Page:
Mary-Ellen: Um, not really. Well, in terms of reporting back, when like Yasmine or Violet or whoever will be like “so, where you at?” Then we’ll just kinda see how far behind them I am, because I started the course in late October, early November, and they had started their algebra on the very first day of school.

Audrey: So then, is algebra something you’re really interested in? How did you, when you thought about algebra, like “me taking it,” like, how did you come up with wanting to do an online course?

Mary-Ellen: Um, it was actually Phil, our facilitator, who was like, “you know, instead of doing blah-blah-blah, whatever, you could just take algebra as an independent study.” And I was like, “ok, how?” And he was like, “Well, I wouldn’t be able to teach it to you, so probably online or something.” And yeah, that happened.

Audrey: And then did you research different options for online courses?

Mary-Ellen: Mmhm. Yeah. I looked at 4 or 5 different sites. And, most of the sites that I really looked into cost money. Even if it was just a little bit, I was like “no, I’m not going to do that one.” And then I found one, and I was like “oh, this is kinda cool,” and it was free. But it was a little bit complicated, and the sign-up process was kinda weird, and it asked for like, what’s it called…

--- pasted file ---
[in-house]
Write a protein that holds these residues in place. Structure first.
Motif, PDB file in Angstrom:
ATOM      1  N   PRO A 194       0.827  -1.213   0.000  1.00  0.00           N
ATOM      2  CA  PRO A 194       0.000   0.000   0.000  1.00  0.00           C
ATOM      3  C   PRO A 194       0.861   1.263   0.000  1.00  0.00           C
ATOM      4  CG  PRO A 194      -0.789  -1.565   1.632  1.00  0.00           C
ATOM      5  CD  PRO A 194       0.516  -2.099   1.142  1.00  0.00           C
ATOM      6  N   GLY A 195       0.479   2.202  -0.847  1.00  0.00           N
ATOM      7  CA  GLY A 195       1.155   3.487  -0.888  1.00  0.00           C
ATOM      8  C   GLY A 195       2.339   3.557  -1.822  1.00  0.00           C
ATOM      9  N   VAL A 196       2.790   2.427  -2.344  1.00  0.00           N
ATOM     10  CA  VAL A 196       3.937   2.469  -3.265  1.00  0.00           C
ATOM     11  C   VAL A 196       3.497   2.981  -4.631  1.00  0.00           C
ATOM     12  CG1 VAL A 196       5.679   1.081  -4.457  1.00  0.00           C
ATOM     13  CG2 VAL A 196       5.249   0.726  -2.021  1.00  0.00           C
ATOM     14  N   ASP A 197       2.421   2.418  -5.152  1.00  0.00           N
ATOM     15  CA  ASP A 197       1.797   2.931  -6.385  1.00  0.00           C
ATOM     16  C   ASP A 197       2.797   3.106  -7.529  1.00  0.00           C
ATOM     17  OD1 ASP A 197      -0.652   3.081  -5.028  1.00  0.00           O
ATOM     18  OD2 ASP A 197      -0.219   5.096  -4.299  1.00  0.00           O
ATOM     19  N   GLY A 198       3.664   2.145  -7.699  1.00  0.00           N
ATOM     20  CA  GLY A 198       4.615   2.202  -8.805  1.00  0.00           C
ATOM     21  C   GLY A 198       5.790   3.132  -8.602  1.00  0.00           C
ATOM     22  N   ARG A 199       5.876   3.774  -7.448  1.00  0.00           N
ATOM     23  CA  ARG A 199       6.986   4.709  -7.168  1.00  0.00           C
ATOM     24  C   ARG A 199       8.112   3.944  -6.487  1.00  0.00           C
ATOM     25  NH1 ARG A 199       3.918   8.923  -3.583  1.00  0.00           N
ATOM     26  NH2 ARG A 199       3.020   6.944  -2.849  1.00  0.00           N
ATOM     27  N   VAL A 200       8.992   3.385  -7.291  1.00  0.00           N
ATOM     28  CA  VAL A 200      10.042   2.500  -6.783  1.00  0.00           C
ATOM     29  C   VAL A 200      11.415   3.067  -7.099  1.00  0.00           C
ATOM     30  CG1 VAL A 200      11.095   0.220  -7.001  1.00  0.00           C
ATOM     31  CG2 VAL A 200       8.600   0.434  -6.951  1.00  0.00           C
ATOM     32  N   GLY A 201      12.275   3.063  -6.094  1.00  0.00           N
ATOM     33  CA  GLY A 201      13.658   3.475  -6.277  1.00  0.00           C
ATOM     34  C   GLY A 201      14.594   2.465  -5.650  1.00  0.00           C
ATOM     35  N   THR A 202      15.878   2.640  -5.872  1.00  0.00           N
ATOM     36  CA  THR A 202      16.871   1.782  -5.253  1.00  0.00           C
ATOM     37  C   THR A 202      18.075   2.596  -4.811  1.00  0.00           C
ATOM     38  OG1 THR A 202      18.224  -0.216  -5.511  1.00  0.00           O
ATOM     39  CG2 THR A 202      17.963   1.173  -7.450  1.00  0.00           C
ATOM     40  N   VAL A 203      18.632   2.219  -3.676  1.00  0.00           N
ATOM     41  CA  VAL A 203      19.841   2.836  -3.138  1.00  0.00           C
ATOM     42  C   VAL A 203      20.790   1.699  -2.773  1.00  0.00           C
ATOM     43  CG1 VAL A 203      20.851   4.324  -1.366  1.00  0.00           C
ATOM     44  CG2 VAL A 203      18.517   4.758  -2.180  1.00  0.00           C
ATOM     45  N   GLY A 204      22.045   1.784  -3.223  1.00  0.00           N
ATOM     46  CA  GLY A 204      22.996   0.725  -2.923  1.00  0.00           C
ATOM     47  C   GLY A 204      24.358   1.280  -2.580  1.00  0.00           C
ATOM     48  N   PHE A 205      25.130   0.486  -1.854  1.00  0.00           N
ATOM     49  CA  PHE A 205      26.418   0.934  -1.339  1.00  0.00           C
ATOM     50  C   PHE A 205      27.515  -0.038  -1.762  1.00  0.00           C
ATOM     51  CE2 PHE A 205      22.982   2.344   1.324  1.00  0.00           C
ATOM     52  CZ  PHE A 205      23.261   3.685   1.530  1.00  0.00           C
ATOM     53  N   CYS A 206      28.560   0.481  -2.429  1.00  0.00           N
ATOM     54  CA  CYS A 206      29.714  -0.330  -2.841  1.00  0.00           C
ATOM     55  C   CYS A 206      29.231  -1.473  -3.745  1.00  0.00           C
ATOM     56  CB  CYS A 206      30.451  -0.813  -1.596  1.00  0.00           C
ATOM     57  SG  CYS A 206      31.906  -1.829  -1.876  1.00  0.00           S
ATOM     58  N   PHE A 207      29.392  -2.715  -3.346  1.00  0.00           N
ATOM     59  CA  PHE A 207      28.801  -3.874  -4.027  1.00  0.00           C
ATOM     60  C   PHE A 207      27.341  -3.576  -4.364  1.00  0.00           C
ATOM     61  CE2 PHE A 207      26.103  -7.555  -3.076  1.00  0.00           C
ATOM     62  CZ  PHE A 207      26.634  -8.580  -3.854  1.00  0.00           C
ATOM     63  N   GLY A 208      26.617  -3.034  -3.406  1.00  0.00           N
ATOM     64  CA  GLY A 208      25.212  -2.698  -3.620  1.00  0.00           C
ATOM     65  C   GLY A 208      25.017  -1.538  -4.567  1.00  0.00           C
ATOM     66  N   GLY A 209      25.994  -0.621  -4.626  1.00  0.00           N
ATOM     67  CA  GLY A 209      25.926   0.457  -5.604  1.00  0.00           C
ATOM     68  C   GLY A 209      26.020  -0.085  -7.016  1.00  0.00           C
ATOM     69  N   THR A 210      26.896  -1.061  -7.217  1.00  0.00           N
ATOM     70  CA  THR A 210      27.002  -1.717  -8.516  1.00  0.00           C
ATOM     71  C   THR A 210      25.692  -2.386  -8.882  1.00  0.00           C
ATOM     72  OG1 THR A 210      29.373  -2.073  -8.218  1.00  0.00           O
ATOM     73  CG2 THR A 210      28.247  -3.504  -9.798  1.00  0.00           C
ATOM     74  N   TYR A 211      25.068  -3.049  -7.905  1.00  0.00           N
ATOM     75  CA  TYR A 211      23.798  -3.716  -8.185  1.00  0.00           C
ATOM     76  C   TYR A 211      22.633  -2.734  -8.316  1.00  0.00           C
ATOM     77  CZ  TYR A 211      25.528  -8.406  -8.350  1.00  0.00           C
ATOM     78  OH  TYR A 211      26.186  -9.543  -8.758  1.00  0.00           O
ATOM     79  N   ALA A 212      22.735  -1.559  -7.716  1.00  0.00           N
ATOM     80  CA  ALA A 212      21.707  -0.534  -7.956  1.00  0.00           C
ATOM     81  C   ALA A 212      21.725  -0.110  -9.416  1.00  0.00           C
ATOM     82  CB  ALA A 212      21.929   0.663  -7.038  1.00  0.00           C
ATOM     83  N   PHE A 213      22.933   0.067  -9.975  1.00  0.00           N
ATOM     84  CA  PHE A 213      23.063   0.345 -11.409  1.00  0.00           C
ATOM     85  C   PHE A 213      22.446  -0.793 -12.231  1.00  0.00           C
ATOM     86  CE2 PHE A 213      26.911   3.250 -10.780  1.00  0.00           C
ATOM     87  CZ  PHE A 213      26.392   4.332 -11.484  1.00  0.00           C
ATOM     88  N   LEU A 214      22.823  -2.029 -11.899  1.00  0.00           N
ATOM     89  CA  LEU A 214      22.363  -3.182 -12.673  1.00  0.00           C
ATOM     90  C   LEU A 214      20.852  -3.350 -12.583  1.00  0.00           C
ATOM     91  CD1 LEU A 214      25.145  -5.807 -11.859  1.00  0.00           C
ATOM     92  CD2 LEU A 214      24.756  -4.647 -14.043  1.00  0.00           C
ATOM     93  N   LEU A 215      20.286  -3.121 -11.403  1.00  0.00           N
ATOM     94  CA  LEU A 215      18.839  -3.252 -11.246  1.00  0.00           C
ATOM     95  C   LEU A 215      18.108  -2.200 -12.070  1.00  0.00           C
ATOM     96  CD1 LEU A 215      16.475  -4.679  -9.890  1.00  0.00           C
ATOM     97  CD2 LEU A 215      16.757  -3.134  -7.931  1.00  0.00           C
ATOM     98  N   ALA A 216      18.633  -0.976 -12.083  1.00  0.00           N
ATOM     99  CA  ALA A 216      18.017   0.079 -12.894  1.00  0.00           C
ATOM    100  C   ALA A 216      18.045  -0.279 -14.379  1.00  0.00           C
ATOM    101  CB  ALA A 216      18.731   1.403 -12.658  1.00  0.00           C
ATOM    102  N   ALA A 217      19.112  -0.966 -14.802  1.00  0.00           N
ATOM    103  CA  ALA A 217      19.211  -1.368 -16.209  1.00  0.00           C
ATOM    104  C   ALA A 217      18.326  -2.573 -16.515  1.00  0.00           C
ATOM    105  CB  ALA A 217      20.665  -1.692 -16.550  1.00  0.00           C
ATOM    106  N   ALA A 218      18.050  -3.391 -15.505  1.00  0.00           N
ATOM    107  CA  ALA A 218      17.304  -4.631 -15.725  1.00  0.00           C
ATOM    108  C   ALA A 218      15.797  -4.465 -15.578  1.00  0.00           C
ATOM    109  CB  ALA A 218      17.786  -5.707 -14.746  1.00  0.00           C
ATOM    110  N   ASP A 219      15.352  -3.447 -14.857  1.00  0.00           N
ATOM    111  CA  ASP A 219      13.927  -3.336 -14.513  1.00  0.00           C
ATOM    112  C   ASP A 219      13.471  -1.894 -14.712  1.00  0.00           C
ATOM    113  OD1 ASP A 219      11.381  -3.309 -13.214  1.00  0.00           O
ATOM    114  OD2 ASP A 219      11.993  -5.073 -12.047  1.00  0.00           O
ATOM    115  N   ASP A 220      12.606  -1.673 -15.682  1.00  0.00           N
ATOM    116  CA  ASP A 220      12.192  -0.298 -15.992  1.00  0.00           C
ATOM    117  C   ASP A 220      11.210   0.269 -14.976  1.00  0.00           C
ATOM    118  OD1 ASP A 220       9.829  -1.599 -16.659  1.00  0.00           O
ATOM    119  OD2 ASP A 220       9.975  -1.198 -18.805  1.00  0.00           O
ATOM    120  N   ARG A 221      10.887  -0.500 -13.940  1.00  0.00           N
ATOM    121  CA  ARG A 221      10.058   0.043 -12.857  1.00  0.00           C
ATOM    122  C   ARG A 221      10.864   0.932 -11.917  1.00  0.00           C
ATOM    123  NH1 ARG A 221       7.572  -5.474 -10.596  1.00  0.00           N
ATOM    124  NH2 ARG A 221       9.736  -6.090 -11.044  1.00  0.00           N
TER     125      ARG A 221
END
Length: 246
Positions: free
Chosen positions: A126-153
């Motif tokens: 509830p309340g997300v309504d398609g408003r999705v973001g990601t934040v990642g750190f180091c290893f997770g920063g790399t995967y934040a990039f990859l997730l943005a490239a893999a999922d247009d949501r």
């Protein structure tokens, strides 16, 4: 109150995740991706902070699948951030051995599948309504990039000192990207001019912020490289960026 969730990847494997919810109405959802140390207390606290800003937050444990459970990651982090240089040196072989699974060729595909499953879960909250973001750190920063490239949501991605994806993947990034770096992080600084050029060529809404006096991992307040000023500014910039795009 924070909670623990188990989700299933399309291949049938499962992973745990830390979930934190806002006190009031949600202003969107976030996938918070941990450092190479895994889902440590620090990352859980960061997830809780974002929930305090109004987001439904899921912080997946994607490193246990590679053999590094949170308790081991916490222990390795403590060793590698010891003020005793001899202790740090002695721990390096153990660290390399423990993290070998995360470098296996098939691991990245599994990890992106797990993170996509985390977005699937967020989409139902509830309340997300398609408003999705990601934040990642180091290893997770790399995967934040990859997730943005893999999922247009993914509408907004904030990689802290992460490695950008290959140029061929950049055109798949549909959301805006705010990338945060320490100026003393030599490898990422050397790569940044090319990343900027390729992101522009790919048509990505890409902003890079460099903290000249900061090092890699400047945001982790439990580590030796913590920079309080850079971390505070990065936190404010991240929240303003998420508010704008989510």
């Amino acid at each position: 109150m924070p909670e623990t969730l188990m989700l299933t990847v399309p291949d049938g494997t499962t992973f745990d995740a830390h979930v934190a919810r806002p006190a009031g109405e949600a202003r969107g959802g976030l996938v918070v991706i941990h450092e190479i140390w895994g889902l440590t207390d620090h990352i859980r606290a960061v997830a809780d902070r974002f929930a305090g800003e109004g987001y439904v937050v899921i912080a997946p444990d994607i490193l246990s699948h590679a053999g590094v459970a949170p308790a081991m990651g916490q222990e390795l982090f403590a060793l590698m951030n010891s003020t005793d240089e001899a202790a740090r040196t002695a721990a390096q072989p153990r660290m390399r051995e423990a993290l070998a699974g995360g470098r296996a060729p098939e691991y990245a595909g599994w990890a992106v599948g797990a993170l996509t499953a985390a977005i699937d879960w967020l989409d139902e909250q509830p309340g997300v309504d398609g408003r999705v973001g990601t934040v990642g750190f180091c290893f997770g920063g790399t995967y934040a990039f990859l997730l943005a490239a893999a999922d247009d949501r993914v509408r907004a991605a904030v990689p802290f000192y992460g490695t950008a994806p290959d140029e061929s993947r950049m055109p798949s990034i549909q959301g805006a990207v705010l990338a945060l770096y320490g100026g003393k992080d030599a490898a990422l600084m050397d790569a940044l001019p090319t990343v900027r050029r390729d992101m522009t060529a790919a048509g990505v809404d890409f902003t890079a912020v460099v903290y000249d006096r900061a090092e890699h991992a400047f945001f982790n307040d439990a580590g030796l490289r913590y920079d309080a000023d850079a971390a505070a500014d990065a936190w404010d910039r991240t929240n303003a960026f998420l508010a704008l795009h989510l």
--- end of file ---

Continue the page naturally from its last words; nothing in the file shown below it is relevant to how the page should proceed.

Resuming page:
Yasmin: Your personal information.

Mary-Ellen: Yeah, kinda personal information stuff, so I was like “this kinda seems like a phishing thing,” so yeah, then I was like “nah.”

*chuckles all around*

Mary-Ellen: And then, I went back, I was just like “free online algebra sites,” and I found the one that I use now.

Audrey: So, for the two of you thinking forward from when your album is complete, are you going to continue on with music. Are you thinking, like, long term in terms of careers in music?